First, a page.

Tuesday, May 23, 2006

Pombo's tripping on the Marianas

Someone (anonymous) from the Dump Doolittle site has posted a comment to my previous comments about Pombo and the Marianas. It deserves to come to the top level, because, according to this source, the DOJ has, for the first time, issued a subpoena for Pombo's records.

The is BIG, so follow along.

Yesterday, McCloskey stole the show from Pombo's fund raiser. He got better coverage on KGO that Pombo, who was shown walking along looking smug while Pete was willing to talk. Lisa Vorderbrueggen from the Contra Costa Times got a story out very quickly, "Cheney's visit lends support for Pombo."
Neither Pombo nor the vice president were as popular outside the theater, where several dozen protesters carried signs and chanted against the war and Pombo.

McCloskey took advantage of the media crush and delivered news interviews on the sidewalk as the crowd waited in vain for a glimpse of Cheney's first visit to Stockton.

The vice president used a back door.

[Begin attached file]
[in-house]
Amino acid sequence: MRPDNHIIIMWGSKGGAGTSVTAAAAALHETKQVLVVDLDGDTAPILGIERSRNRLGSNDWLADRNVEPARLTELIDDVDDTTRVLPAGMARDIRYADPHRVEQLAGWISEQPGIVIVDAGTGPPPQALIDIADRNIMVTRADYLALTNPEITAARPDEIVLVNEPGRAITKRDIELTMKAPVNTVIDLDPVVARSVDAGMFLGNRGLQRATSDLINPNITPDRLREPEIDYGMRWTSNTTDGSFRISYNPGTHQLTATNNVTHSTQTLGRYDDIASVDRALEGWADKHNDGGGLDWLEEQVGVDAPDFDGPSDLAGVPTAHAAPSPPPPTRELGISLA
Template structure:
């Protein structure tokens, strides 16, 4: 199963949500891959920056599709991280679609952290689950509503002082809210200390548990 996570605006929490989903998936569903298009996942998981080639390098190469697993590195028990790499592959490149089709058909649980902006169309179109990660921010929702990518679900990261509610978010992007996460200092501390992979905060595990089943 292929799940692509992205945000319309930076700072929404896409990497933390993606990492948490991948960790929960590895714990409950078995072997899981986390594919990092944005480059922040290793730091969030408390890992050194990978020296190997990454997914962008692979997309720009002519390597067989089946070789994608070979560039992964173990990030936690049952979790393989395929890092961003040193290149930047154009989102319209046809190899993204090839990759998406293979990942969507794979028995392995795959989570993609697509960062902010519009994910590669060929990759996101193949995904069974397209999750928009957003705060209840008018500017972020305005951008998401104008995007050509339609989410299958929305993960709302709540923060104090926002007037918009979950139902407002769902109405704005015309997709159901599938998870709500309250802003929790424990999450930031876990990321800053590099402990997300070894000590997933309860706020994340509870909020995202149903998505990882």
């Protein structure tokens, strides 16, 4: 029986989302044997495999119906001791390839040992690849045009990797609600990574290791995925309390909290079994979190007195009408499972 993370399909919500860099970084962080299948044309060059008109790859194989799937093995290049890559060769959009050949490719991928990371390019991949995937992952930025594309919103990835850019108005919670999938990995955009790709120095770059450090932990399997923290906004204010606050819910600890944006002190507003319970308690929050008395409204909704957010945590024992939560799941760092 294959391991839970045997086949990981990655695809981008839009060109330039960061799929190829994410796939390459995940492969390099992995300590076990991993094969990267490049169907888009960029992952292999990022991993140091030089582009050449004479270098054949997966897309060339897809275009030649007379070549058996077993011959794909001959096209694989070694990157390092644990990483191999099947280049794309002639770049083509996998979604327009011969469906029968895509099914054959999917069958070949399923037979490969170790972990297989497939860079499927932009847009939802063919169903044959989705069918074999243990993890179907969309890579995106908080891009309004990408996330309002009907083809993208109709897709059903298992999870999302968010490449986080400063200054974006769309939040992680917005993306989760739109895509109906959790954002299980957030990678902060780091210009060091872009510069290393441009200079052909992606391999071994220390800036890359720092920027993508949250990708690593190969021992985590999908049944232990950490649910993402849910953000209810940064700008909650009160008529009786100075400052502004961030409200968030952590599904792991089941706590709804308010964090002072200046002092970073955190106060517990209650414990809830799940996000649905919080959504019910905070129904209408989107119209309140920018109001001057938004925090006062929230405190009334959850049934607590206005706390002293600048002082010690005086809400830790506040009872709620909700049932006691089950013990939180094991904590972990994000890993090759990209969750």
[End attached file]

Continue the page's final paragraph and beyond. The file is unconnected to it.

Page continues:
"I can't imagine Cheney is helping Pombo's reputation," said McCloskey, who came out of retirement to run against the incumbent. "Cheney is less popular in California than Bush." (emphasis mine)

Still, no local reporter has picked up on the series of questions that McCloskey wanted to ask Pombo.

Questions to Congressman Richard Pombo:

1. When did you first become aware of the forced abortions, prostitution and exploitation of young women from the Philippines, China and other Pacific Rim nations in the Marianas Islands?

2. Why have you done nothing to investigate and address the Marianas' problems with forced abortions as described to the Senate by Secretary of Interior Babbitt in l998?

3. Have you ever discussed the Marianas situation with any of the men (Jack Abramoff, Neil Volz and Tony Rudy) who have now pled guilty of bribing or conspiring to bribe Members of Congress?

4. Were you ever asked by Mr. Abramoff or former majority leader Tom DeLay to hold up or block the passage of any legislation which would apply US labor and immigration laws to the Marianas? Have you ever assisted in helping to secure "earmarks" for any project in the Marianas?